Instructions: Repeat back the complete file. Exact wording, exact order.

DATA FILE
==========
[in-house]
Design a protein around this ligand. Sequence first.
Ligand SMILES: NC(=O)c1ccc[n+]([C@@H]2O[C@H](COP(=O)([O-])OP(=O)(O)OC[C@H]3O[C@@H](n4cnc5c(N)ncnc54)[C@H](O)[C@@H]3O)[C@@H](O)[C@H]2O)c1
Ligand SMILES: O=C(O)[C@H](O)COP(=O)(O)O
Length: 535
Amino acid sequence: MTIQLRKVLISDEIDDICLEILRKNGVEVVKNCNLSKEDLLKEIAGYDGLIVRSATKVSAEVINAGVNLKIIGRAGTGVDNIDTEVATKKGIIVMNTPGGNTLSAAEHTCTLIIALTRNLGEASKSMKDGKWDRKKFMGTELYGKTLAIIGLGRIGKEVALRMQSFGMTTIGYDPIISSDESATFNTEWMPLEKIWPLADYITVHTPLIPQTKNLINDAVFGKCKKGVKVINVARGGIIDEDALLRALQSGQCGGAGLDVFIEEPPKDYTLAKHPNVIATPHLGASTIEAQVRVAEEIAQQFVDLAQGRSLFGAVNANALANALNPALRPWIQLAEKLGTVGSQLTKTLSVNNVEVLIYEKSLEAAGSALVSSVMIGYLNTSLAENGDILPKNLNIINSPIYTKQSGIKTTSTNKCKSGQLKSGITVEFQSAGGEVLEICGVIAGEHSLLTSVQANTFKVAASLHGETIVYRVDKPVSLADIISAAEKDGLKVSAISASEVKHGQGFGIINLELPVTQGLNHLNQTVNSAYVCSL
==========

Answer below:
[in-house]
Design a protein around this ligand. Sequence first.
Ligand SMILES: NC(=O)c1ccc[n+]([C@@H]2O[C@H](COP(=O)([O-])OP(=O)(O)OC[C@H]3O[C@@H](n4cnc5c(N)ncnc54)[C@H](O)[C@@H]3O)[C@@H](O)[C@H]2O)c1
Ligand SMILES: O=C(O)[C@H](O)COP(=O)(O)O
Length: 535
Amino acid sequence: MTIQLRKVLISDEIDDICLEILRKNGVEVVKNCNLSKEDLLKEIAGYDGLIVRSATKVSAEVINAGVNLKIIGRAGTGVDNIDTEVATKKGIIVMNTPGGNTLSAAEHTCTLIIALTRNLGEASKSMKDGKWDRKKFMGTELYGKTLAIIGLGRIGKEVALRMQSFGMTTIGYDPIISSDESATFNTEWMPLEKIWPLADYITVHTPLIPQTKNLINDAVFGKCKKGVKVINVARGGIIDEDALLRALQSGQCGGAGLDVFIEEPPKDYTLAKHPNVIATPHLGASTIEAQVRVAEEIAQQFVDLAQGRSLFGAVNANALANALNPALRPWIQLAEKLGTVGSQLTKTLSVNNVEVLIYEKSLEAAGSALVSSVMIGYLNTSLAENGDILPKNLNIINSPIYTKQSGIKTTSTNKCKSGQLKSGITVEFQSAGGEVLEICGVIAGEHSLLTSVQANTFKVAASLHGETIVYRVDKPVSLADIISAAEKDGLKVSAISASEVKHGQGFGIINLELPVTQGLNHLNQTVNSAYVCSL